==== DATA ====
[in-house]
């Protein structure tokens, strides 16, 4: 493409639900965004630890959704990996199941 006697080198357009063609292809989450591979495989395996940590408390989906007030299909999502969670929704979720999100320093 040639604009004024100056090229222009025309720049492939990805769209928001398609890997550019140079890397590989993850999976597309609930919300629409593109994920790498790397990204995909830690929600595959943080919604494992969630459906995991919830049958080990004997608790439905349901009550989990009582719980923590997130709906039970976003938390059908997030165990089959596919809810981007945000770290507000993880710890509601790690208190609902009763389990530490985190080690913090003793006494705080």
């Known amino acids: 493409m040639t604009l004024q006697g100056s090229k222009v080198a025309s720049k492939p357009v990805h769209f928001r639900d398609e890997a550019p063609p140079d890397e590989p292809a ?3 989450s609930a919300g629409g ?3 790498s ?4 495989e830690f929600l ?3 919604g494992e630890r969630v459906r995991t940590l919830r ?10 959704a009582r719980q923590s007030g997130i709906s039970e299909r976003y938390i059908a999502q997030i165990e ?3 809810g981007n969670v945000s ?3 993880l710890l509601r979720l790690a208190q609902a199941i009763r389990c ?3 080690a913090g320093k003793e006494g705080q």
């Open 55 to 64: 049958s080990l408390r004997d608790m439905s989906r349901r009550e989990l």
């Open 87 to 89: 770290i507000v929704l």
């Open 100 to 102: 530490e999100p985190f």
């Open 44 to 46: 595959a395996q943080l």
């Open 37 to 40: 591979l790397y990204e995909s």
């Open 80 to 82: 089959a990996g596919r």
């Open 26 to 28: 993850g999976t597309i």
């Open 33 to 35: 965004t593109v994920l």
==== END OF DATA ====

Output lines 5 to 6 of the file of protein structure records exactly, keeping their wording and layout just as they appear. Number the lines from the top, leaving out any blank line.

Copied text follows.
């Open 87 to 89: 770290i507000v929704l």
């Open 100 to 102: 530490e999100p985190f």